Summers are straightforward. You take a shirt and wear it with your chinos, denims or pants. Winters are complicated. Especially when dressing for work. For, while pullovers are fine, it’s very hard to be taken seriously in a puffer jacket or an ill-fitting winter coat. And yet, these are cubicle fixtures.
The answer to looking sharp and staying warm, then, lies in the straight lines of a well-fitted blazer—largely overlooked but a real hard worker.
A few clarifications first. A blazer is not the same as a suit jacket. The latter comes with a matching set of pants. While it can be worn as a separate, you run the risk of wearing out your suit jacket while your pants remain untouched. A blazer, also called a sports coat, flies solo and is perfect for weather when the days are toasty but are book-ended by chilly mornings and evenings. It’s a piece that can go from formal to casual, looks good on almost everyone and comes in a scroll of colours, materials, textures and even styles.
“At the workplace, people instantly recognize a man in a fine blazer as a man who means business,” says Tejinder Singh, chief operating officer, Arvind Internet Ltd, the parent company of the Creyate brand which specializes in made-to-measure men’s clothing. And yet, Indian men largely ignore the blazer for work-wear despite the fact that it hides the belly and flatters the frame while keeping one warm.
The fit is everything
Sumit Chawla, a marketing professional who has worked at multiple luxury brands, loves his blazers. “I learnt very early on that the trick is the right fit; it has to be customized according to body type—it can’t be too tight or too loose,” he says. Which means you should ideally buy it from a made-to-measure brand or menswear boutique, or find a tailor who will do the job well. This is because most international ready-to-wear brands in India follow European sizes which don’t work for Indian men, who tend to be more stocky than Europeans. Not everyone has the luxury or the time, though, to get a bespoke version. What you can do is get a store-bought blazer altered either at the store or at a local tailor.
Stick to the classics
If you’re buying a blazer for the first time, stick to the classics. “A navy blazer is to men what a Little Black Dress is to women—you can’t go wrong with it,” says Neha Rakheja, a New Delhi-based corporate stylist and founder of UrStyleCoach, a company that provides styling solutions for men and conducts workshops on power dressing. So checks, stripes and millennial pink can wait; stick to solids like navy, blacks and greys, with a classic two-button closure design, the first time round. Double-breasted blazers may be in but are difficult to pull off. “And always only close the top button of your blazer while standing, never the bottom one. And when you sit, please unbutton it so your gut doesn’t hang out weirdly,” advises Rakheja.
Style it like a pro
Your blazer may be a classic but what you wear it with is a blank canvas. Other than a few corporate set-ups that still stipulate a full suit, most corporate offices these days have relaxed the rules on the suit-and-tie standard. “You don’t have to pair a blazer with the usual stiff pants now; opting for bottoms in less formal fabrics like denim and khaki will add a fresh, laid-back twist to your boardroom basics,” says New Delhi-based menswear designer Nitin Chawla, who has been experimenting with this topper for his brand Theorem.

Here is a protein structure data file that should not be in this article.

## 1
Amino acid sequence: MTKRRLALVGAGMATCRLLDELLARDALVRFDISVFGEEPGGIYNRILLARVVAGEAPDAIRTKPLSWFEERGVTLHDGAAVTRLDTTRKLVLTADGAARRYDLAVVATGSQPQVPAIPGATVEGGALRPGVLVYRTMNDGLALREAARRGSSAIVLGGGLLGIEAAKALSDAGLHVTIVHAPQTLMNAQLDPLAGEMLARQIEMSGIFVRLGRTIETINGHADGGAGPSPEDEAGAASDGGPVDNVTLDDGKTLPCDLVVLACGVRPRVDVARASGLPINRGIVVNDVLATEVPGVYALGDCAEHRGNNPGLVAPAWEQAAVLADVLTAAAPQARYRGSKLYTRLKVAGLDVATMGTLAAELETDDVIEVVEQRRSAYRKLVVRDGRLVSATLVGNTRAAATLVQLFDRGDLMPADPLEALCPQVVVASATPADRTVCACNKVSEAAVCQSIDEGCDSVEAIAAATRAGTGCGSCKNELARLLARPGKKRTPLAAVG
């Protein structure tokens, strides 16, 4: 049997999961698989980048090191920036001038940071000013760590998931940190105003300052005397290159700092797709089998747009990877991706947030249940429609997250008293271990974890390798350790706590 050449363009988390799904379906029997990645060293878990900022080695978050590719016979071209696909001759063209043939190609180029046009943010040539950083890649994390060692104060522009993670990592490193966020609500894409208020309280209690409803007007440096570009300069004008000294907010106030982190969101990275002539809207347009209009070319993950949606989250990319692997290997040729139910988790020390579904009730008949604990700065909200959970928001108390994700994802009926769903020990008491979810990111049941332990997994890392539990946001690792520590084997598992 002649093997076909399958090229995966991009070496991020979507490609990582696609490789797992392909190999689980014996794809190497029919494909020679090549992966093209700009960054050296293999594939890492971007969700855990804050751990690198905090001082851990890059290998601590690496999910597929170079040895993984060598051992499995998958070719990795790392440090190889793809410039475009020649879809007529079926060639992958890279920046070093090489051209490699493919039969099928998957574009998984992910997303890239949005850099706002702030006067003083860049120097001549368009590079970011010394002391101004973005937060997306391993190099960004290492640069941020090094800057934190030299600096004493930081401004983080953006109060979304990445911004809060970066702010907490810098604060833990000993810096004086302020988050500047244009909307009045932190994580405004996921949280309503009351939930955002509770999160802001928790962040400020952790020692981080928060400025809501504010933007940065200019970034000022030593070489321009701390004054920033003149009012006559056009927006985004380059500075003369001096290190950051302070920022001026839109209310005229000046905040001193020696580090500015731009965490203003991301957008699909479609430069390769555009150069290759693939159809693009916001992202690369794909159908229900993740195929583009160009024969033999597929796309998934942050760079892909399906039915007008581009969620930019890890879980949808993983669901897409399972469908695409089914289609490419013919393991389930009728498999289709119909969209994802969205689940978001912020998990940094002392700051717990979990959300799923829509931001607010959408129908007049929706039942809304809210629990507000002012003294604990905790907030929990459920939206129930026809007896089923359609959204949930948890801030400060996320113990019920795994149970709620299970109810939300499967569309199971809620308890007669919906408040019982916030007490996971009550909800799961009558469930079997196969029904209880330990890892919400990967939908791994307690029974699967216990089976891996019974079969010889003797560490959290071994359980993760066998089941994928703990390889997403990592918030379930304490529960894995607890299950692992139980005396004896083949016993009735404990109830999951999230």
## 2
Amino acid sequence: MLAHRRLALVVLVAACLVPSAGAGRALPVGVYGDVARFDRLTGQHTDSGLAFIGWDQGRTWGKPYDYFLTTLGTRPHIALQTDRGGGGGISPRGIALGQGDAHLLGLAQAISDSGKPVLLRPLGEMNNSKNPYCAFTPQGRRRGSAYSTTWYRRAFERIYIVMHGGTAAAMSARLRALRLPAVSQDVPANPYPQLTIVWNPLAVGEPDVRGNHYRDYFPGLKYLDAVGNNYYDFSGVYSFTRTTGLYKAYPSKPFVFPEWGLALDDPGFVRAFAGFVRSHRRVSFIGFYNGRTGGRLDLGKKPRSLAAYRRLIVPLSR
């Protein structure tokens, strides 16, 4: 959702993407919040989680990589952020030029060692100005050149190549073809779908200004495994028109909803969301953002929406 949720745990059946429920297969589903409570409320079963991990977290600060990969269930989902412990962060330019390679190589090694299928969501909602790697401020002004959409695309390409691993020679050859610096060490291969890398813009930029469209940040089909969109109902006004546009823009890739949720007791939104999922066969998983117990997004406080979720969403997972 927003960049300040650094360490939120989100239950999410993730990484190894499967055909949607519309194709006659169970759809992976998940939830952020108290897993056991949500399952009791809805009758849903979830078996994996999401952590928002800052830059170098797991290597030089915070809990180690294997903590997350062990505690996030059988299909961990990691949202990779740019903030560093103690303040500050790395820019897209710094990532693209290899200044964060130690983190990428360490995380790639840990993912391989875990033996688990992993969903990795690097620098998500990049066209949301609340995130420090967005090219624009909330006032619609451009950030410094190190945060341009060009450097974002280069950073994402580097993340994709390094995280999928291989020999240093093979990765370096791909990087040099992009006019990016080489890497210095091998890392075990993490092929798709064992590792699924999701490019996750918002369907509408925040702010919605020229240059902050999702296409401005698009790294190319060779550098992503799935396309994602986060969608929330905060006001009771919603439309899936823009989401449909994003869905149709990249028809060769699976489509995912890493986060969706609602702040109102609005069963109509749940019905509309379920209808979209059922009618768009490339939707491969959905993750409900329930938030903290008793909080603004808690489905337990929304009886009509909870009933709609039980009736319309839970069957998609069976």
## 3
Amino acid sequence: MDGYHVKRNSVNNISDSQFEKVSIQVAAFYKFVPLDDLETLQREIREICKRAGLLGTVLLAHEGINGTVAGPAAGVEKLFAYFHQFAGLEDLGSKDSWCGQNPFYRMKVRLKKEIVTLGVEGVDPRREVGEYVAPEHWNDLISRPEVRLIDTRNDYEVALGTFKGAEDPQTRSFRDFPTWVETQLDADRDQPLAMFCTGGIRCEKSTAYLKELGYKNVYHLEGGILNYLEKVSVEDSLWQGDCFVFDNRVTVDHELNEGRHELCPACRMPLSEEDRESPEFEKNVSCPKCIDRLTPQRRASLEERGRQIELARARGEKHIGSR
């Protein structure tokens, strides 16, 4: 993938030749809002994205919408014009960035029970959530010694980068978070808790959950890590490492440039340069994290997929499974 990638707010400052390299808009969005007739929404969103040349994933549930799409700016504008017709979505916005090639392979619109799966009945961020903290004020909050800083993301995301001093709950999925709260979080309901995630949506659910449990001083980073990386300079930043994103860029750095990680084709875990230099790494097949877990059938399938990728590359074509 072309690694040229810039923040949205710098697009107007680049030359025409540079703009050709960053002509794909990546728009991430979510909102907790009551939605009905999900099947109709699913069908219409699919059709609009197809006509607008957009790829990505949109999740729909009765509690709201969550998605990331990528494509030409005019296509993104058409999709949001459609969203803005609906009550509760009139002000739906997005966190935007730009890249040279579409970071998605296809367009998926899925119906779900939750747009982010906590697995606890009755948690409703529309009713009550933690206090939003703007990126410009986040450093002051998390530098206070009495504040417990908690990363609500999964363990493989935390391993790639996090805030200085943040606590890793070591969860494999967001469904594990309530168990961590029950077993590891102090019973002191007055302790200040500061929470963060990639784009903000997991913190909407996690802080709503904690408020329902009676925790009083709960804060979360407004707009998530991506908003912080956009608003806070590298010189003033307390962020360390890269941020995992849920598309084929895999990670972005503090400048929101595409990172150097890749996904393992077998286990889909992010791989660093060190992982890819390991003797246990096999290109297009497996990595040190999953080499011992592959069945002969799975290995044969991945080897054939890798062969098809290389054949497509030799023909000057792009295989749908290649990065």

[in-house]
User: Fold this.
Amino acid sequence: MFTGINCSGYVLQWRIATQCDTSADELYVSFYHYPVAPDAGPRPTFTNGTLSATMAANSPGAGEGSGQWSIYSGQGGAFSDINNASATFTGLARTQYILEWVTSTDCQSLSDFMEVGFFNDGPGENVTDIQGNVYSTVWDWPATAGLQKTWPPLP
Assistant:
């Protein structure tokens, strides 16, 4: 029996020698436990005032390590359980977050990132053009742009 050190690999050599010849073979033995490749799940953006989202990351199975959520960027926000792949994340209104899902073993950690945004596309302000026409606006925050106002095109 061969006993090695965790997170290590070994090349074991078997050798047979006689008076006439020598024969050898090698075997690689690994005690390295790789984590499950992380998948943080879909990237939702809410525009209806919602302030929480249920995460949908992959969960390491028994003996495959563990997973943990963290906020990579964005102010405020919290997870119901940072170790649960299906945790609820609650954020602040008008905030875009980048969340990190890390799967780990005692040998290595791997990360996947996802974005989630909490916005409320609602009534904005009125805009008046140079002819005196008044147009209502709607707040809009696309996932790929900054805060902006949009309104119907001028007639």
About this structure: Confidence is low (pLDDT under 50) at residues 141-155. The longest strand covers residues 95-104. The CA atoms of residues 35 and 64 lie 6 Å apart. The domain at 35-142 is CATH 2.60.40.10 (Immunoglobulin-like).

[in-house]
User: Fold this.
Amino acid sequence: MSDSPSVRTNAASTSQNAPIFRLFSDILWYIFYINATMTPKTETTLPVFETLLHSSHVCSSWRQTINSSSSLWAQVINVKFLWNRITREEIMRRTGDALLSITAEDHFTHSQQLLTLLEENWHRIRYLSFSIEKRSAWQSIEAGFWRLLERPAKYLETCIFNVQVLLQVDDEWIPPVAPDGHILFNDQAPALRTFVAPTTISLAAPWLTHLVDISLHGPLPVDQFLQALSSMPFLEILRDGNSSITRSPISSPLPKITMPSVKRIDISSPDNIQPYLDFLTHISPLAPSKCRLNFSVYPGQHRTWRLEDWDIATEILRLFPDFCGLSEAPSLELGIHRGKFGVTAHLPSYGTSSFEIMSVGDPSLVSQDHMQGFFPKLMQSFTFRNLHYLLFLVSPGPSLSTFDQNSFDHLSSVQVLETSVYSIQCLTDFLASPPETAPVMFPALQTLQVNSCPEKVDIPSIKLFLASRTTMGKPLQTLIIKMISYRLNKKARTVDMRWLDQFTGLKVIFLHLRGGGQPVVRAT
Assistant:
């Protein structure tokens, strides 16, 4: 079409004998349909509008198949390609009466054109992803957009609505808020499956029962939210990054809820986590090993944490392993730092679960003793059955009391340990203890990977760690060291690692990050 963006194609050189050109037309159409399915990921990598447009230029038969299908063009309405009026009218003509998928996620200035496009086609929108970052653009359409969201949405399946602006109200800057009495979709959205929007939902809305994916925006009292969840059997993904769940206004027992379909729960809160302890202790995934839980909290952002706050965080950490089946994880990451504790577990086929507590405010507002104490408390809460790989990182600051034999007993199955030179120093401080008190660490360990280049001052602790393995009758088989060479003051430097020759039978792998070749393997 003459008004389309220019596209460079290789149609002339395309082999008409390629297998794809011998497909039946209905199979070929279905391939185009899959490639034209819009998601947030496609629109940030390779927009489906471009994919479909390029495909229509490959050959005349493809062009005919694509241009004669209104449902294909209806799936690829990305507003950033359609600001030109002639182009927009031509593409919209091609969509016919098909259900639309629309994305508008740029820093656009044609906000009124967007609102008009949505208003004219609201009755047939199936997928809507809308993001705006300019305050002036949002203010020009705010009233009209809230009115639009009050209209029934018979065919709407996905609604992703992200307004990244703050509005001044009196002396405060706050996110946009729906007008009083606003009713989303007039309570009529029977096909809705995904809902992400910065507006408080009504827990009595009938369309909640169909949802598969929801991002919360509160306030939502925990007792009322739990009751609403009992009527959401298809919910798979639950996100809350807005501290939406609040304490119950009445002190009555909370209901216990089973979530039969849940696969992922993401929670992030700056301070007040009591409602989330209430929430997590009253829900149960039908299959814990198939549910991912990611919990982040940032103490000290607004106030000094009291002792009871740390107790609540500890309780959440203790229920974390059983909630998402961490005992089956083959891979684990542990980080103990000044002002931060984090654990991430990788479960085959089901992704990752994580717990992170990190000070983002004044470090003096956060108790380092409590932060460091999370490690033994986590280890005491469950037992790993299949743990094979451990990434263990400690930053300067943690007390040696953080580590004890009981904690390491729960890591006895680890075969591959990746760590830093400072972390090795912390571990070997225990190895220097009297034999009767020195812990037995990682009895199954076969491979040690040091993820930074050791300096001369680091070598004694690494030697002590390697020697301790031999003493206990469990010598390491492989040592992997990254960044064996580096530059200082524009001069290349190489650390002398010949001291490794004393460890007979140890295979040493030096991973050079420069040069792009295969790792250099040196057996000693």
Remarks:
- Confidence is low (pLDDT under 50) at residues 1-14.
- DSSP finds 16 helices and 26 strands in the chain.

In fact, a blazer can be worn in multiple ways. Here are three. For a seriously formal setting, wear it with matching pants, a collared shirt, a tie and Oxfords. For a more casual workplace, wear your blazer over denims and chinos. Pair these with regular or Chinese collared shirts (add a tie to the regular collared shirt if the occasion demands) and Polo T-shirts, finished with loafers or fashion sneakers (no, not the ones you wear to the gym). “Wear a pullover or sweater over your shirt and finish it with a blazer. It will add warmth, texture and an air of sophistication at work,” says Chawla.
A word of caution. While shirts, collared T-shirts and pullovers are great, stay away from V-neck T-shirts under your jacket. Only Italians can look good in that combination.
It’s an investment, treat it like one
Because of its bespoke nature and the quality of material used, a blazer isn’t exactly fast fashion or cheap. Which is why taking care of it is as important as wearing it. Never fold your blazer or place it on an iron hanger. Always hang it on a wooden one with rounded edges so the shoulders don’t droop and lose shape. Wear it only every three-four days and air-dry it in between. Use a good lint roller and brush to remove dirt and dust. “And don’t dry clean it too often. Dry cleaning will only damage the fabric faster,” says Singh. And finally, when keeping it away after the winter, store it in a good fabric cover on a wooden hanger and keep it in a cool, dry place so it can wait out the heat and return in perfect shape.
Choosing the right fit
■ If the blazer forms a sharp “X” in the front when you close the button, it’s too tight.
■ If the cuffs of the blazer cover the entire wrist and go past it, the sleeves are too long. The ideal sleeve length is one where the cuffs end just where you can see a sliver of your shirt.
■ The length of the blazer should be in line with the knuckle of your thumb when you’re standing upright with your hands to the side. Otherwise it’s too long or too short.
■ The top button (of a two button jacket) should lie just above the belly button for the perfect body proportion.
■ If the shoulders droop and extend past your natural shoulders, it’s too loose.